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NavyKid

Basics of Boondocking

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**I didn’t see a post covering this specifically, but if there is feel free to delete this**

I’m a new owner of a toy hauler travel trailer, living full time in it, and hoping to take road trips here and there. I’m wondering what I need to keep in mind when staying somewhere without full hookups. For example, I’d like to get to an Atlanta Braves game this year and spend the night at their RV lot. I also plan to drive a few hours and take my motorcycle to track days around the area. The main thing I’d be concerned about is electricity for AC, I’m sure the gray/black water tanks are fine for a couple days.

 

Would the best option be to buy a generator? Any other boondocking tips would be appreciated! Thanks.

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The very simple answer is that if you don't at least have an electrical hook-up then you won't have the AC running unless you are prepared to run a generator continuously.  There's no practical way to run an AC off of batteries for very long even with a (very) large investment in solar arrays.  Yes, an inverter can make 120V out of 12V but not for very long when supplying power to an AC.

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Just to be "technical", what you are discussing is typically referred to as "dry camping" vs. "boondocking", but as DocJ said... your only real viable option for aircon is to run a properly sized inverter generator. What size generator would depend on the size (typically 13.5k or 15k BTU) and number of AC's you have on your rig.

Be aware that there may be restrictions on where, if and/or when you may be permitted to run a generator. Some of that is simply common sense. Ie., parking overnight in a Walmart parking lot or rest area would not be appropriate. There may also be requirements for a "gen-turi" type exhaust/venting system which pipes exhaust fumes above roof height vs. into your neighbors RV or campsite.

Contractor type generators should be avoided and may incure fines in some areas.

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Parking for games in Atlanta is a challenge. I would double check to see if over-nighting is possible. Get there really early and pay for parking ahead of time.

Get your hot dog at The Varsity along with a Frozen Orange.  (closest to the stadium)

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Ok I see, thanks for all the info. So a generator and inverter are the same things? Sorry this is all new to me 🙈.

 

I know Atlanta has a specific parking lot for RVs according to their website, but with them and other venues who accommodate RVs, I imagine there typically is not full hook ups. Thanks for the tips on food 😋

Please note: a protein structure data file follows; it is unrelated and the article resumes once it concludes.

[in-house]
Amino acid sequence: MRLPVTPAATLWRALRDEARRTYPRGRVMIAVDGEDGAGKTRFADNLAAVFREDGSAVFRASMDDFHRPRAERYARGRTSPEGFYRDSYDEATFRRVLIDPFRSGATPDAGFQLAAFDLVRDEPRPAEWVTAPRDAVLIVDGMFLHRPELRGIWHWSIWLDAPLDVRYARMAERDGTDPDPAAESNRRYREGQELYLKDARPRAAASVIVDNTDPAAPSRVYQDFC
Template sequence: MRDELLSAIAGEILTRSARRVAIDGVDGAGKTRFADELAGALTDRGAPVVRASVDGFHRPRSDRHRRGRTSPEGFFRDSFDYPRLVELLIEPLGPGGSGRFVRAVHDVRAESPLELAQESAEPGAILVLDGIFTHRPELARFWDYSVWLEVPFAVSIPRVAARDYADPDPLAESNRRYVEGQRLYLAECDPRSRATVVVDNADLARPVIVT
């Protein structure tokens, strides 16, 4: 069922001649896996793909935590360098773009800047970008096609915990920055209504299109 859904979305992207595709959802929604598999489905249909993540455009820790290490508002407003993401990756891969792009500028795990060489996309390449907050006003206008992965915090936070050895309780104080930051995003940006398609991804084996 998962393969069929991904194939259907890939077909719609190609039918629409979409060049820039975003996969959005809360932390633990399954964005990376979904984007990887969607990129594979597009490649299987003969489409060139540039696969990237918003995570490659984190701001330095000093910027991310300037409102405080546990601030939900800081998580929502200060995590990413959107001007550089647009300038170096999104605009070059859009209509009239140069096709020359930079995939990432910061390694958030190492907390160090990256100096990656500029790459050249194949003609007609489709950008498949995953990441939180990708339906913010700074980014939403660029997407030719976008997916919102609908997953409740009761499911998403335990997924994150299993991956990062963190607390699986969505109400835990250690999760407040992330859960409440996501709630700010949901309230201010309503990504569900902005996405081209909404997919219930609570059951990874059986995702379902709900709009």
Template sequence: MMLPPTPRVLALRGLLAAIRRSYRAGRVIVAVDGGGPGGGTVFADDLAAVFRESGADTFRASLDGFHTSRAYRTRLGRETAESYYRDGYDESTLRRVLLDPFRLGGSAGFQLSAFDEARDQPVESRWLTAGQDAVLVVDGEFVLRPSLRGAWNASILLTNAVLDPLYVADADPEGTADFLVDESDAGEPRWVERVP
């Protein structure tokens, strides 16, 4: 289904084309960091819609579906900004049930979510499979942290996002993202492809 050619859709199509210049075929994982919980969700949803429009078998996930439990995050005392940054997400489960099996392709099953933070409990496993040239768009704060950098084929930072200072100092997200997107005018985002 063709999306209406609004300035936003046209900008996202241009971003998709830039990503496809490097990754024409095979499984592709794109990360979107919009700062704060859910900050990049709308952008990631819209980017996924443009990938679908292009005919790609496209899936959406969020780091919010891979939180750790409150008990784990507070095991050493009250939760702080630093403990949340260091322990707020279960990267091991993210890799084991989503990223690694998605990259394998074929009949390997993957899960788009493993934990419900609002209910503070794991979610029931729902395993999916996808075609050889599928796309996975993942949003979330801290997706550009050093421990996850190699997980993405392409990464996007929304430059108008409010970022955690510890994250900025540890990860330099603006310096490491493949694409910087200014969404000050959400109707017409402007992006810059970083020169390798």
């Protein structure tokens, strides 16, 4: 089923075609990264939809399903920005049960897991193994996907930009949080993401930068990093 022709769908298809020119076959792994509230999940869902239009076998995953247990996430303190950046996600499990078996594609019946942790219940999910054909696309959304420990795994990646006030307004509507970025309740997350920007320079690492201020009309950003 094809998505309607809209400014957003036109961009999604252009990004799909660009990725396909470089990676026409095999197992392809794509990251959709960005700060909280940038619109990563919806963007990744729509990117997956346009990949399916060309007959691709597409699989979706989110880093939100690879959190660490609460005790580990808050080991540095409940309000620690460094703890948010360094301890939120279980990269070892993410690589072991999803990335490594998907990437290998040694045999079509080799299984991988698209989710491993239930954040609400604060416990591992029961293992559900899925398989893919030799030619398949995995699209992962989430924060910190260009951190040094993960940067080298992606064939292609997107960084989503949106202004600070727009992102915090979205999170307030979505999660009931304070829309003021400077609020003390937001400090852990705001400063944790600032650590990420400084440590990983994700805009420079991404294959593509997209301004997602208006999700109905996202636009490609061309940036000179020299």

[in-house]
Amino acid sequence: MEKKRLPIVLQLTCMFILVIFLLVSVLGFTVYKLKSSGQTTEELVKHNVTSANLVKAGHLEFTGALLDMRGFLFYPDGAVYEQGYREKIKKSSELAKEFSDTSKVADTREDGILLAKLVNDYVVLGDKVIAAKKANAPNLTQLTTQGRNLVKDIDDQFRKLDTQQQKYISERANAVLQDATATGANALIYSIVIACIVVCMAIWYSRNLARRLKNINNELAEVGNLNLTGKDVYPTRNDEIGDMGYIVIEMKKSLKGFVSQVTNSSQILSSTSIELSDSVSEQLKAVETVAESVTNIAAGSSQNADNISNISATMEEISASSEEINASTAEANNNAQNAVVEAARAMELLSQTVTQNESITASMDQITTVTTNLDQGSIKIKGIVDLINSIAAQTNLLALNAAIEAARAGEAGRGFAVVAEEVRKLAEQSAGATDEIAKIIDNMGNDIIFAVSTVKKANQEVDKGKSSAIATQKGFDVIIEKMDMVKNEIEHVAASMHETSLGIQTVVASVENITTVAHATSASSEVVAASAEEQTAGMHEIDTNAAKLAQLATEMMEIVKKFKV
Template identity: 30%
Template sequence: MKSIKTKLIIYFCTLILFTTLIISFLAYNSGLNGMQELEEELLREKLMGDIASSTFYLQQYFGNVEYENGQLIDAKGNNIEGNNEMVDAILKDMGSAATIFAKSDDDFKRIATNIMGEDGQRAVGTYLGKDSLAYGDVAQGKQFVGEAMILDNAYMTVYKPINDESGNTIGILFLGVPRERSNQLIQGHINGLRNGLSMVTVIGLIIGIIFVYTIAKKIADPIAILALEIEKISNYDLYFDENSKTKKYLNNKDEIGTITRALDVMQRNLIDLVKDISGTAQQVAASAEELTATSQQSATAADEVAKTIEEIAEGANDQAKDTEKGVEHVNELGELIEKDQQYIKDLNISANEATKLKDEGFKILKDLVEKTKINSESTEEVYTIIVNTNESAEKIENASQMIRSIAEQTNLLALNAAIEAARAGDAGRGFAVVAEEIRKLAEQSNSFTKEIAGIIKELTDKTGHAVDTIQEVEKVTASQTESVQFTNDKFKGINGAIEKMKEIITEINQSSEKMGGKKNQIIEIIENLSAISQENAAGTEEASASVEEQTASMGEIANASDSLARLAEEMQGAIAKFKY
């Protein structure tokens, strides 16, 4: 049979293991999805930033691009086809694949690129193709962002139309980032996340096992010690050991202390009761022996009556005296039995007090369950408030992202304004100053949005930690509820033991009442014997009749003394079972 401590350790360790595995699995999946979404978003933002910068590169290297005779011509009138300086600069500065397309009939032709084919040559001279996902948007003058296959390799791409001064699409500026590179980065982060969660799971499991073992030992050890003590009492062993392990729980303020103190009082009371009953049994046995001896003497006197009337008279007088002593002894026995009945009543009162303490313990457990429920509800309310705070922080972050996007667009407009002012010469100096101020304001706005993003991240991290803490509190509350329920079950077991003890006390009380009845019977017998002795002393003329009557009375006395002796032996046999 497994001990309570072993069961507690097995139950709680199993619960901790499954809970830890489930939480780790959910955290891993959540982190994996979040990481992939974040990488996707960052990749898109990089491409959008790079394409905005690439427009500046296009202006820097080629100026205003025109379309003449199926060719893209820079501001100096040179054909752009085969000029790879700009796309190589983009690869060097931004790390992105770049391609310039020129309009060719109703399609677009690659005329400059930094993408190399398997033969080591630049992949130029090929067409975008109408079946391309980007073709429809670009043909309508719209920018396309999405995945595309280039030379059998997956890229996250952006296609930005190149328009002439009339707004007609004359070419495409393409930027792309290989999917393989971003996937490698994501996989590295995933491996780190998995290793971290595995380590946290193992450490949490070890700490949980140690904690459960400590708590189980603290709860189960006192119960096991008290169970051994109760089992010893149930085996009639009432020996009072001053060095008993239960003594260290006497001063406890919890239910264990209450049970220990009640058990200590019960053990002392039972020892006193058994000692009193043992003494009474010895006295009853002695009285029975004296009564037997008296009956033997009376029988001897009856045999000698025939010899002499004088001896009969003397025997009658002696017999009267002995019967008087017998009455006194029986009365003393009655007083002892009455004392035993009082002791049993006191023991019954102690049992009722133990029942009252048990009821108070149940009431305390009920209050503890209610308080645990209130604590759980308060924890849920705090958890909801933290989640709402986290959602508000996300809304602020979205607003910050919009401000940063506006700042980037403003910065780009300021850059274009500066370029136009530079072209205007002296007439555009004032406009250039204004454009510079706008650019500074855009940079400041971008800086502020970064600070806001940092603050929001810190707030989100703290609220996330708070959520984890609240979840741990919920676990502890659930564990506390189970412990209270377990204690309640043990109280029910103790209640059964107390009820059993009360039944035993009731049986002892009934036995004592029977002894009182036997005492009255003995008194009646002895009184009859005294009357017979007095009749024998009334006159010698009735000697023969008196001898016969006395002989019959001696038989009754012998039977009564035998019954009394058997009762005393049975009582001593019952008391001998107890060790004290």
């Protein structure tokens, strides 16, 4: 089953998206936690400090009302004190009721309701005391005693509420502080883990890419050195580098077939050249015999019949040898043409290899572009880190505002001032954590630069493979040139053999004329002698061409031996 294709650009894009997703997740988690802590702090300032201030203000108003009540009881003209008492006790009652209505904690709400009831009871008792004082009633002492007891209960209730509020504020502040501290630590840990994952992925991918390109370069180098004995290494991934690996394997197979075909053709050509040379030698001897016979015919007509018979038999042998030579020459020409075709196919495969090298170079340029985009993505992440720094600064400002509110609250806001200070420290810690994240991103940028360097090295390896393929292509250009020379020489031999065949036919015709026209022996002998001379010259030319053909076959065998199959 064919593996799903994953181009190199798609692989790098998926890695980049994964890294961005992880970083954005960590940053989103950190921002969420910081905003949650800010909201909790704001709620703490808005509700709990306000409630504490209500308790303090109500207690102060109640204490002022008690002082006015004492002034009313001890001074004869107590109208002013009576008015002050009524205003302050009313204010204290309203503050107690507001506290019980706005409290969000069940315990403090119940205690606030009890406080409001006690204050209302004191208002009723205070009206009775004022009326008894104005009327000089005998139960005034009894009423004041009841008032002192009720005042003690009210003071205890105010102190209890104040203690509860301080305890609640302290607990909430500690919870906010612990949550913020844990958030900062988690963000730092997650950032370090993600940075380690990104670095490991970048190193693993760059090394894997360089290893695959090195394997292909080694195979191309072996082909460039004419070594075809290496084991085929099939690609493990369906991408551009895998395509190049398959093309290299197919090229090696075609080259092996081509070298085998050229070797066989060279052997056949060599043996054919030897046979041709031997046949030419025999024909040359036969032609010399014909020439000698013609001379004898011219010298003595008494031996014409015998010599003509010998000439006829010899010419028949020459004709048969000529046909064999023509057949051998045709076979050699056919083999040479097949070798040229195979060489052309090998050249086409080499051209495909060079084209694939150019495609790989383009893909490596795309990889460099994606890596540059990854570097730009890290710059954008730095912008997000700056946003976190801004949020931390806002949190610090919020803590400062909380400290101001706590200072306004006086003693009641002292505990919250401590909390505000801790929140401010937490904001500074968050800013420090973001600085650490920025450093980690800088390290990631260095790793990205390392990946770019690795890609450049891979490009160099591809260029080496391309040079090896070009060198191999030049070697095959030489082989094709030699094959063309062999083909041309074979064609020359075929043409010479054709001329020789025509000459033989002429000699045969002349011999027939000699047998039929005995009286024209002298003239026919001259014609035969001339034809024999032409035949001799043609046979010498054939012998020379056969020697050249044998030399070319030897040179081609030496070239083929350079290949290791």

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20 minutes ago, NavyKid said:

So a generator and inverter are the same things? Sorry this is all new to me 🙈.

Not at all. We all started from page one. 😉 Don't hesitate if any questions come to mind. 

A generator motor produces direct current (DC). An inverter uses DC electricity to produce alternating current (AC).

So an inverter generator (or typically just "generator") is an "all-in-one"... producing 120v AC for direct use by plugging in to the generator. Like your RV's external electrical cord. As long as it's running you have uninterrupted AC power generation.

There are also stand-alone inverter devices. Those are generally used to supply AC power from stored DC power in your RV's battery bank... without having to run the generator.

The problem with an aircon off a stand-alone inverter though is that the power demands are so high that typical RV battery banks do not store enough energy to support the heavy power demand for any substantial length of time... and can also be damaging to your batteries.

In practical terms... no generator equates to no aircon.

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9 hours ago, Yarome said:

So an inverter generator (or typically just "generator") is an "all-in-one"... producing 120v AC for direct use by plugging in to the generator. Like your RV's external electrical cord. As long as it's running you have uninterrupted AC power generation.

It is important to note that when we speak of generators, there is more than one type of those as well. What most RV people are speaking of is the inverter/generator which is most commonly found in the RV community and which typically cost  $500 to $1000 for a 2000 watt unit with the most highly rated ones from Honda & Yamaha to the high end of that range. But there are far less expensive portable generators to be found at places like Lowe's or Home Depot that are far less expensive and have much higher output but they are also far louder, heavier to carry, and the quality of the power supplied is not generally considered to be good for modern electronic equipment. There are people who use the construction use generators for an RV but doing so will not make you popular and you need to be careful what you operate from one of them. 

10 hours ago, NavyKid said:

I know Atlanta has a specific parking lot for RVs according to their website, but with them and other venues who accommodate RVs, I imagine there typically is not full hook ups.

If they are like most such RV areas, they will have no connections of any kind, meaning no electricity, water, or sewer.

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10 hours ago, NavyKid said:

So a generator and inverter are the same things?